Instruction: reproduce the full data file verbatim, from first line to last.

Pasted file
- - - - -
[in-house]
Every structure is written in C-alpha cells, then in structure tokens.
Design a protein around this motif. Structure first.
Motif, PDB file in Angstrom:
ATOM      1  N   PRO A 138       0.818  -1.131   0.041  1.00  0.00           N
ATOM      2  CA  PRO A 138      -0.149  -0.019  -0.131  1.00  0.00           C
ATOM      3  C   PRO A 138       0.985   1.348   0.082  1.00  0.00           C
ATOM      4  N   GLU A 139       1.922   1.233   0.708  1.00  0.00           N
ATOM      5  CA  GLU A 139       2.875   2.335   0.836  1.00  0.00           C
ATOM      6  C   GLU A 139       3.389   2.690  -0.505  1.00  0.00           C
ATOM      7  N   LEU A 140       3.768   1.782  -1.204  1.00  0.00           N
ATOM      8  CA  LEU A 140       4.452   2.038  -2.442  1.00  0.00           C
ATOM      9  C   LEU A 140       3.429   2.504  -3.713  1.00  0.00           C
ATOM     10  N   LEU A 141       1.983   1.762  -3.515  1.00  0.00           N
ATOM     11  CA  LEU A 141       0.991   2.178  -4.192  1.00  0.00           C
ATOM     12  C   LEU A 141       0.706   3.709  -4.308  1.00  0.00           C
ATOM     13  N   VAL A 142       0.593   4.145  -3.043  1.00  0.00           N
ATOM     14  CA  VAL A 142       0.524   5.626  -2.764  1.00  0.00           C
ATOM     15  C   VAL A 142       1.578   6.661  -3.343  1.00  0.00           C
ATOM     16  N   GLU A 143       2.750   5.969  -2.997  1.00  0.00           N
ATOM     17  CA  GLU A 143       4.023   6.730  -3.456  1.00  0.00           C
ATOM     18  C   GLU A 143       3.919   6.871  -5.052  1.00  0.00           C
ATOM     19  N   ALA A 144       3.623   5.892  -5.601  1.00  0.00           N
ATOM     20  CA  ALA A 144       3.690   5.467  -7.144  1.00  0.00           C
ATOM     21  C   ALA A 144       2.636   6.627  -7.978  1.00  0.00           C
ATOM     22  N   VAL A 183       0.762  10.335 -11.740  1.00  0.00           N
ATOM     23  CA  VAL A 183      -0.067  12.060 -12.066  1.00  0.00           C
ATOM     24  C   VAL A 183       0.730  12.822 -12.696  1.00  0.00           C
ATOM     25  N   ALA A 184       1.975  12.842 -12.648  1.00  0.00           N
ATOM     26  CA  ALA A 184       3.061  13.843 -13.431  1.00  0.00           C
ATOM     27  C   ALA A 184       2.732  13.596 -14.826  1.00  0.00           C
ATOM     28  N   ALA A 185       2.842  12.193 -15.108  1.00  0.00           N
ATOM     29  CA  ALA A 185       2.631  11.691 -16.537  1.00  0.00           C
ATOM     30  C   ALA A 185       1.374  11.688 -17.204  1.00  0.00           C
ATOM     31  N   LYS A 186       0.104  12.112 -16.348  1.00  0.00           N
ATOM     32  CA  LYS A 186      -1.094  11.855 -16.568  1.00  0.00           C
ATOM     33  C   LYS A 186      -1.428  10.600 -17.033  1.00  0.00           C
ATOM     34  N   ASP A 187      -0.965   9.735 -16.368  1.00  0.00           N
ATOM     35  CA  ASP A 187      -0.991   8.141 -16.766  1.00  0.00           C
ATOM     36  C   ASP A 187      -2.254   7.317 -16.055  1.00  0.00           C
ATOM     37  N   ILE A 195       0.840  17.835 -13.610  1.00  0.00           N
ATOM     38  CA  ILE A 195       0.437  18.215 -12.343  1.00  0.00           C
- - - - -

[in-house]
Every structure is written in C-alpha cells, then in structure tokens.
Design a protein around this motif. Structure first.
Motif, PDB file in Angstrom:
ATOM      1  N   PRO A 138       0.818  -1.131   0.041  1.00  0.00           N
ATOM      2  CA  PRO A 138      -0.149  -0.019  -0.131  1.00  0.00           C
ATOM      3  C   PRO A 138       0.985   1.348   0.082  1.00  0.00           C
ATOM      4  N   GLU A 139       1.922   1.233   0.708  1.00  0.00           N
ATOM      5  CA  GLU A 139       2.875   2.335   0.836  1.00  0.00           C
ATOM      6  C   GLU A 139       3.389   2.690  -0.505  1.00  0.00           C
ATOM      7  N   LEU A 140       3.768   1.782  -1.204  1.00  0.00           N
ATOM      8  CA  LEU A 140       4.452   2.038  -2.442  1.00  0.00           C
ATOM      9  C   LEU A 140       3.429   2.504  -3.713  1.00  0.00           C
ATOM     10  N   LEU A 141       1.983   1.762  -3.515  1.00  0.00           N
ATOM     11  CA  LEU A 141       0.991   2.178  -4.192  1.00  0.00           C
ATOM     12  C   LEU A 141       0.706   3.709  -4.308  1.00  0.00           C
ATOM     13  N   VAL A 142       0.593   4.145  -3.043  1.00  0.00           N
ATOM     14  CA  VAL A 142       0.524   5.626  -2.764  1.00  0.00           C
ATOM     15  C   VAL A 142       1.578   6.661  -3.343  1.00  0.00           C
ATOM     16  N   GLU A 143       2.750   5.969  -2.997  1.00  0.00           N
ATOM     17  CA  GLU A 143       4.023   6.730  -3.456  1.00  0.00           C
ATOM     18  C   GLU A 143       3.919   6.871  -5.052  1.00  0.00           C
ATOM     19  N   ALA A 144       3.623   5.892  -5.601  1.00  0.00           N
ATOM     20  CA  ALA A 144       3.690   5.467  -7.144  1.00  0.00           C
ATOM     21  C   ALA A 144       2.636   6.627  -7.978  1.00  0.00           C
ATOM     22  N   VAL A 183       0.762  10.335 -11.740  1.00  0.00           N
ATOM     23  CA  VAL A 183      -0.067  12.060 -12.066  1.00  0.00           C
ATOM     24  C   VAL A 183       0.730  12.822 -12.696  1.00  0.00           C
ATOM     25  N   ALA A 184       1.975  12.842 -12.648  1.00  0.00           N
ATOM     26  CA  ALA A 184       3.061  13.843 -13.431  1.00  0.00           C
ATOM     27  C   ALA A 184       2.732  13.596 -14.826  1.00  0.00           C
ATOM     28  N   ALA A 185       2.842  12.193 -15.108  1.00  0.00           N
ATOM     29  CA  ALA A 185       2.631  11.691 -16.537  1.00  0.00           C
ATOM     30  C   ALA A 185       1.374  11.688 -17.204  1.00  0.00           C
ATOM     31  N   LYS A 186       0.104  12.112 -16.348  1.00  0.00           N
ATOM     32  CA  LYS A 186      -1.094  11.855 -16.568  1.00  0.00           C
ATOM     33  C   LYS A 186      -1.428  10.600 -17.033  1.00  0.00           C
ATOM     34  N   ASP A 187      -0.965   9.735 -16.368  1.00  0.00           N
ATOM     35  CA  ASP A 187      -0.991   8.141 -16.766  1.00  0.00           C
ATOM     36  C   ASP A 187      -2.254   7.317 -16.055  1.00  0.00           C
ATOM     37  N   ILE A 195       0.840  17.835 -13.610  1.00  0.00           N
ATOM     38  CA  ILE A 195       0.437  18.215 -12.343  1.00  0.00           C